Cherry Liqueur #2
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Cherry Liqueur #2
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Last updated 6/12/2012 1:13:17 AM. Recipe ID 41649. Report a problem with this recipe.
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      Title: Cherry liqueur #2
 Categories: Beverage
      Yield: 1 Servings
           Fresh fruit (cherries;
           -raspberries; blackberries,a
           Strong vodka
   (Tested on raspberries, blackberries and a mix of both).
   Start with fresh fruit. Place cleaned fruit into a jar.  Add very
  strong alcohol just so it barely covers all of the fruit.
   -I used double distilled vodka (alcohol content probably about
  55-65%). ~Beware though- Apparently operating a still is VERY illegal
    Let the covered jar sit for about a week and a half (it's covered
  so the alcohol doesn't evaporate). Note that no fermentation takes
  place here- all that happens is that the fruit soaks up the alcohol,
  and releases some of its juices. Depending on the type of fruit the
  level of fluid may decrease. Once you've decided that the fruit has
  soaked in much of the alcohol gently pour off the fluid so as not to
  blemish the fruit (try one now for a taste experience :-). Call this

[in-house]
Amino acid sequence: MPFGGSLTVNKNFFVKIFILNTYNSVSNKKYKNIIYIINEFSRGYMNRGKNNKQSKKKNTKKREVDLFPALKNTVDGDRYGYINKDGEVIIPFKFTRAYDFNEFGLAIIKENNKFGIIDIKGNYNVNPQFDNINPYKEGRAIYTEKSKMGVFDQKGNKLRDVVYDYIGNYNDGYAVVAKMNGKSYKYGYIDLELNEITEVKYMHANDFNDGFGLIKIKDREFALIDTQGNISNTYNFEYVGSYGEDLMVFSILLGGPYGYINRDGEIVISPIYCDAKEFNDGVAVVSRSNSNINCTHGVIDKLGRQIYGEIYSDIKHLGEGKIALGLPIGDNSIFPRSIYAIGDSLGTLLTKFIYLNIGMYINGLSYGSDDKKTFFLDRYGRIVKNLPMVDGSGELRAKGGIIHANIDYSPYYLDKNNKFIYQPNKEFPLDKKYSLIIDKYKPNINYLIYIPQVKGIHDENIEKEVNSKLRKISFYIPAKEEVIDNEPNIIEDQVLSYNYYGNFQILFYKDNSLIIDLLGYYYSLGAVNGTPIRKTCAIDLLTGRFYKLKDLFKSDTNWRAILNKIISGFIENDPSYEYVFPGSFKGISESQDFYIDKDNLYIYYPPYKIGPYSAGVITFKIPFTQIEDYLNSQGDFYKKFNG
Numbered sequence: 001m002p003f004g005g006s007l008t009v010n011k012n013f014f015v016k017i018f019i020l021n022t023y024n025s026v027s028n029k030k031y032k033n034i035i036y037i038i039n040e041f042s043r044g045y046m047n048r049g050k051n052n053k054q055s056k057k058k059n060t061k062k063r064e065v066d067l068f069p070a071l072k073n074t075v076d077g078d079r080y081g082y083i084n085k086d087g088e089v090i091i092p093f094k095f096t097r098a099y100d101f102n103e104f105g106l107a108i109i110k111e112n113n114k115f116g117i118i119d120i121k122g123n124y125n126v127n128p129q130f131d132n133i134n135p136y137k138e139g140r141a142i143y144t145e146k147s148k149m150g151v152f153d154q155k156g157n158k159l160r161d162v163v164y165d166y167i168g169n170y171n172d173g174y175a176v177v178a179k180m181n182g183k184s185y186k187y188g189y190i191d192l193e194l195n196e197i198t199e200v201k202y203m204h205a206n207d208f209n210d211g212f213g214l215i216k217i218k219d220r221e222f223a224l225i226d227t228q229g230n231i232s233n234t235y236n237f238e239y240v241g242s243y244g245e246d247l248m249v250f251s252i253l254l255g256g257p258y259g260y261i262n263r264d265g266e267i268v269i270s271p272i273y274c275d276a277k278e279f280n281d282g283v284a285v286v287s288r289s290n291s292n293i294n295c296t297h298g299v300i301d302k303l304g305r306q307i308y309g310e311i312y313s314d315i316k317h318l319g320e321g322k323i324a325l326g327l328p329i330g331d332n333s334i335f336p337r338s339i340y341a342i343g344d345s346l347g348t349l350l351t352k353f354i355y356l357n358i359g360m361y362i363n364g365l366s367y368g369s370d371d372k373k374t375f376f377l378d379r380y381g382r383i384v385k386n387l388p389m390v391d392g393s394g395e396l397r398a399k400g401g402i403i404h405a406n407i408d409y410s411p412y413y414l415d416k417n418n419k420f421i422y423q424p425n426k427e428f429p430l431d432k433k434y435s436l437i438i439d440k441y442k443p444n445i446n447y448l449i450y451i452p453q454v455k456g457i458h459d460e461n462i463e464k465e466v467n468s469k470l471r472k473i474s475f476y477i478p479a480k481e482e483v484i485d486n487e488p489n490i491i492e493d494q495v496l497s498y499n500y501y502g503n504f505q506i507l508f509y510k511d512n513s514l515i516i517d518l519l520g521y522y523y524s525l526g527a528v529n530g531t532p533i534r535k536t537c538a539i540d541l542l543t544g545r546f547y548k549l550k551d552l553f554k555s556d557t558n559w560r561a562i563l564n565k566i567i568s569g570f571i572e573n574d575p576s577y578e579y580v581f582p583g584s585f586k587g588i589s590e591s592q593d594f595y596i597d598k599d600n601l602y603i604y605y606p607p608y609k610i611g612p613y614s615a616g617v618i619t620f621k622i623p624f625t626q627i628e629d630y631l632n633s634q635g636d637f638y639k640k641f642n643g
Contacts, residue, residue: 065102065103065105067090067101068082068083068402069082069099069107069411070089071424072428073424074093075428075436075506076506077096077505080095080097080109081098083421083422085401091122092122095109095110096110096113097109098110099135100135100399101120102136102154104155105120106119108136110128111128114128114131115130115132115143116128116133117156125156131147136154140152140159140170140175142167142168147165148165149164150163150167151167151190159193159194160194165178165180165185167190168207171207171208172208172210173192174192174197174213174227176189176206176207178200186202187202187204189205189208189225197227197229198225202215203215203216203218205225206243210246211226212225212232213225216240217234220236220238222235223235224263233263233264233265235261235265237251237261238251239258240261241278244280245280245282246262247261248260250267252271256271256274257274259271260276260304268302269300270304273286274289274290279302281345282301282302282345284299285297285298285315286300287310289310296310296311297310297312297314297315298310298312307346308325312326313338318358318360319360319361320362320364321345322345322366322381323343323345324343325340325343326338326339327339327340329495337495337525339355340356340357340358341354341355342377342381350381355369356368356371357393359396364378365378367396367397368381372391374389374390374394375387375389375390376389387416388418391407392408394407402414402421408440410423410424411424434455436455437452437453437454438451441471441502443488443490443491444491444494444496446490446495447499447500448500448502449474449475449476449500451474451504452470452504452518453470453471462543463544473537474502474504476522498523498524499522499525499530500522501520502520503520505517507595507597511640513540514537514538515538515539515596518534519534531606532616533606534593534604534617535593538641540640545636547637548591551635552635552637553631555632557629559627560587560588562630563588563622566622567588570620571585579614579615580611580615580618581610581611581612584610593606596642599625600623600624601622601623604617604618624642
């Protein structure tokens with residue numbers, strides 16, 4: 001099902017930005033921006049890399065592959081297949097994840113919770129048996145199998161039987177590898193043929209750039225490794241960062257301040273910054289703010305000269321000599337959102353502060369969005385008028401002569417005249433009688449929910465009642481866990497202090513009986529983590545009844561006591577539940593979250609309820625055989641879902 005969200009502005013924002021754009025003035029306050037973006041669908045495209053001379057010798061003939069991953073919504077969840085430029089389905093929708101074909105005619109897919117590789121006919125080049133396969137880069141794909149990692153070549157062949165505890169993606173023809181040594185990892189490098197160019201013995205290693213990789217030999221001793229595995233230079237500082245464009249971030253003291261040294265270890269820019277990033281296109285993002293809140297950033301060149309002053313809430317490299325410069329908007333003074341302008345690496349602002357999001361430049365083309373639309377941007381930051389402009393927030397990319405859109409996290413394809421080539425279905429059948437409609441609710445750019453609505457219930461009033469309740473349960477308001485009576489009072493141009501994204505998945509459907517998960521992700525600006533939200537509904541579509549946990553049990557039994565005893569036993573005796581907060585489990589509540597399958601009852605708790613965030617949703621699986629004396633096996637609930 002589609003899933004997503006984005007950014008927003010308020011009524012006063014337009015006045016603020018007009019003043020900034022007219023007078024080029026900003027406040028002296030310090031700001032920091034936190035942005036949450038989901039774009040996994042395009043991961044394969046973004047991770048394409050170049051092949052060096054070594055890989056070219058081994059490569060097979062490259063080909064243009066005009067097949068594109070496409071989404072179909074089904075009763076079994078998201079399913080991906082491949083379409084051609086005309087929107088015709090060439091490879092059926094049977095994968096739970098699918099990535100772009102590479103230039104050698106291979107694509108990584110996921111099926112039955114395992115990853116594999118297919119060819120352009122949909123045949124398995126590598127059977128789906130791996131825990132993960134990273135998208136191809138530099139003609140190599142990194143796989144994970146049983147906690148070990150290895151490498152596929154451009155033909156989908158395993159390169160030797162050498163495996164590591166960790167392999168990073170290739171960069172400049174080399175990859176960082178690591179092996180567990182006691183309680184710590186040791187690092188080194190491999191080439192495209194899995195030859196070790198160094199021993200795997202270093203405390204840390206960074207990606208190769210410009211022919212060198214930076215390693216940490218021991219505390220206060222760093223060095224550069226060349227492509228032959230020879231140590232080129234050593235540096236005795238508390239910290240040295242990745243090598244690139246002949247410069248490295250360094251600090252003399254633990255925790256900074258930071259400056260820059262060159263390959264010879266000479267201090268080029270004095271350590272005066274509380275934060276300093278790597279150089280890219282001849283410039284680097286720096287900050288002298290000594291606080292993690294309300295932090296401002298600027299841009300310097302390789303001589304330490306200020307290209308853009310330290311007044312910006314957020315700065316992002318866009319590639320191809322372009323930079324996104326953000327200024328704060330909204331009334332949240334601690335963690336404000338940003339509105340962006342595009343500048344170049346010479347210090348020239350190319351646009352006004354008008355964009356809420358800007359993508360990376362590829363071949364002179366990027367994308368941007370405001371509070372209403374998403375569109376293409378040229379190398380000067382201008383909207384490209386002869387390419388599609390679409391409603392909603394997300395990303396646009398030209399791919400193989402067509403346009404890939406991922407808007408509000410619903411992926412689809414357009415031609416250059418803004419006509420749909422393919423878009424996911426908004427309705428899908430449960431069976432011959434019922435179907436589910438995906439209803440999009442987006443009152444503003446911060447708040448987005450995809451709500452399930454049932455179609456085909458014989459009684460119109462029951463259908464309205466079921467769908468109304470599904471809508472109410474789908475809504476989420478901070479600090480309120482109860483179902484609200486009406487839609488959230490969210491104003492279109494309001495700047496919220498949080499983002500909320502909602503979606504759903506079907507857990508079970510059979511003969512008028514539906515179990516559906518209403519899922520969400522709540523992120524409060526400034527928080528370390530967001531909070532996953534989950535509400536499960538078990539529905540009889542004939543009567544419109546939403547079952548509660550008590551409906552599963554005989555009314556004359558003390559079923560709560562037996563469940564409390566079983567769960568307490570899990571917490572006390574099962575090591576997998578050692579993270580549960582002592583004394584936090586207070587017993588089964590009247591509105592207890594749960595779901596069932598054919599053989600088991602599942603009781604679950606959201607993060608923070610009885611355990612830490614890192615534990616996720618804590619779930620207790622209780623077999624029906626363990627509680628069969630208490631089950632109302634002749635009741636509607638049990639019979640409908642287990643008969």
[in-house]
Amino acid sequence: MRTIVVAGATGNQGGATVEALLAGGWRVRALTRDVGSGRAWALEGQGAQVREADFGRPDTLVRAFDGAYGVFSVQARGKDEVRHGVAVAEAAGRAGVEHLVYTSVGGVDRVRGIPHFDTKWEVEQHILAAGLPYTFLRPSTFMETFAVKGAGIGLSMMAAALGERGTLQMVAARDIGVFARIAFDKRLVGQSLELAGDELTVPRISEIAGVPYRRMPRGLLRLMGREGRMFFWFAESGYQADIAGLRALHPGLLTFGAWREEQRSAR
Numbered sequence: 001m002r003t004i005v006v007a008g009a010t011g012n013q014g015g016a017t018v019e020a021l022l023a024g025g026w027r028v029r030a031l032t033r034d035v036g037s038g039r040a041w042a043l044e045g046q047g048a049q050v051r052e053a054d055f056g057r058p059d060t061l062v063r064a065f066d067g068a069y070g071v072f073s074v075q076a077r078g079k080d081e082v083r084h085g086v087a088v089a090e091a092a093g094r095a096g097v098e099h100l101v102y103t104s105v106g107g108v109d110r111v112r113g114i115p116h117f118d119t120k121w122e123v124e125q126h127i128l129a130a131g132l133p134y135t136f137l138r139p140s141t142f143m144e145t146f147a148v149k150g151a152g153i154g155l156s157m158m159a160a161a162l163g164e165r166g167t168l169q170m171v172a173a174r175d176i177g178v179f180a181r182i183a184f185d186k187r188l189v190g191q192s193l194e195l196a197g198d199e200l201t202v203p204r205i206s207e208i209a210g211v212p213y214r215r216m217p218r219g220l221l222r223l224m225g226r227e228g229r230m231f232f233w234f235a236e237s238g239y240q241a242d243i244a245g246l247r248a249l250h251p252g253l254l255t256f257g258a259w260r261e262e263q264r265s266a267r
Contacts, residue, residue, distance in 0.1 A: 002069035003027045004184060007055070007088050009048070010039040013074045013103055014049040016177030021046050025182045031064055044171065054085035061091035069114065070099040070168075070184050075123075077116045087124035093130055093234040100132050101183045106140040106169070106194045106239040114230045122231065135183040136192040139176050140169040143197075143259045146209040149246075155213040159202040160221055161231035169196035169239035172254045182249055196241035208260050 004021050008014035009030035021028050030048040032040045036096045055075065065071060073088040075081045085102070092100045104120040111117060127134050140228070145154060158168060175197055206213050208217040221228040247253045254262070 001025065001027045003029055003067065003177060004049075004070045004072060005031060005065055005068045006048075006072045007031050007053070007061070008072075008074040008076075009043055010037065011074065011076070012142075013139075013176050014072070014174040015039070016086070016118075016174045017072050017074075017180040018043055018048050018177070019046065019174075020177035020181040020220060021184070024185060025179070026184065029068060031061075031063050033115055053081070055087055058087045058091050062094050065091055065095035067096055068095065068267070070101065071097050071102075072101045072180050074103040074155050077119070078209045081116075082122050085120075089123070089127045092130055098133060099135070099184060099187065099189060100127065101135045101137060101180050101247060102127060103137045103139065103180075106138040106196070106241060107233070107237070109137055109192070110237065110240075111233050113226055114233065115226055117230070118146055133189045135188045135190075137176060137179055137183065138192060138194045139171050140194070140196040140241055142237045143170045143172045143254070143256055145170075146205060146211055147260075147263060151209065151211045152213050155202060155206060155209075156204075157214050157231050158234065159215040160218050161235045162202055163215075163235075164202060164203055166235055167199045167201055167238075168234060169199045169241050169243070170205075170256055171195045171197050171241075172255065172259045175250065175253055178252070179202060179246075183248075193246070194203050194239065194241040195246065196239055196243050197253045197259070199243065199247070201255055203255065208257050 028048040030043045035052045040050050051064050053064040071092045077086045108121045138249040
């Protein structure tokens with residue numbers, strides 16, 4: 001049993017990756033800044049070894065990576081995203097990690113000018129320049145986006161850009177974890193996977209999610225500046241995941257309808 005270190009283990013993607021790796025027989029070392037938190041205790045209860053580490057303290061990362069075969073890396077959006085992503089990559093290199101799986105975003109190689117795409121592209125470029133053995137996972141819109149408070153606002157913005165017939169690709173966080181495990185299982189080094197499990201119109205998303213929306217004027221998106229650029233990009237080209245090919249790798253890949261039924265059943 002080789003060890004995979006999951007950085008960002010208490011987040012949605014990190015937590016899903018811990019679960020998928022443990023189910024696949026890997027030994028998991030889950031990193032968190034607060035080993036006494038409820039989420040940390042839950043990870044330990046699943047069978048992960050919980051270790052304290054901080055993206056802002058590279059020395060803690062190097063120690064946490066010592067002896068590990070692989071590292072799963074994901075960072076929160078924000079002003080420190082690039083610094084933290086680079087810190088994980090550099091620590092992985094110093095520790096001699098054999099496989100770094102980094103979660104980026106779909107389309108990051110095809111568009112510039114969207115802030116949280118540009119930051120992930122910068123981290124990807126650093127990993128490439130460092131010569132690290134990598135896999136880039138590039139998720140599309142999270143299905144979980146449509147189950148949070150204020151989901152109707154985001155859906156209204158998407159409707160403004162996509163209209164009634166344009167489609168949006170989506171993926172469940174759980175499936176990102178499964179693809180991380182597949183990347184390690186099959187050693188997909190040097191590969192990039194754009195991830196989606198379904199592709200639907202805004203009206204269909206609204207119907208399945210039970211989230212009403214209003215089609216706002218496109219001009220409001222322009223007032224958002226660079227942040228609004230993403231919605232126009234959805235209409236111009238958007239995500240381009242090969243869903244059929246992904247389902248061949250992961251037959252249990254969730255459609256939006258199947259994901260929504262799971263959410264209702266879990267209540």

(very strong) fluid rack #1.
   During the following steps you probably should avoid blemishing the
  fruit if at all possible.
   Replace the fruit in the jar, but layer it with sugar.  How much
  sugar is a bit difficult to say here. I usually tried to do my best
  to cover almost all of the fruit with _some_ sugar. Cover the jar
  again. What happens now is that the sugar makes the fruit give off
  its alcohol and shrivel slightly. In a couple of days the level of
  juice in the jar should reach almost the top of the fruit. This means
  it is time to pour it off again, call this rack #2.
   Now we repeat the layering with sugar step (getting rack #3, rack
  #4, etc) until only a very small amount of juice is released. I have
  been told that with cherries this can be kept up until only a tiny
  little bit of cherry skin is surrounding the pit. Each rack is
  sweeter and sweeter.
   With rasp[black]berries I got to rack #4 and then got bored waiting
  for really small amounts of juice. So I took the berries, threw them
  into a cloth and twisted the hell out them to release the vestiges of
  alcohol and juice. This was rack #5. The left over pulp can be used
  with ice-cream. Note that this step is entirely optional, four racks
  were plenty enough (but why waste alcohol
   Now comes the fun part: Invite several friends (I used 5) and mix the
  different racks in various proportions and get some feedback on how
  they taste (too sweet, too alcoholic, too dry, etc). Don't use too
  many friends or else you won't have any left after the tasting. Now
  you should know what proportions to mix the final product in.
  Disposing of juice _not_ used in the final mix is left as an exercise
  to the reader (I had some sweet stuff left over and use it on ice
   Thoughts on the final mix: In my case the final mix was very close
  to the ratio of rack #1: rack #2: rack #3 etc. This was convenient
  because I got the maximum of liqueur with minimal leftovers.

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Recipe ID 41649 (Apr 03, 2005)

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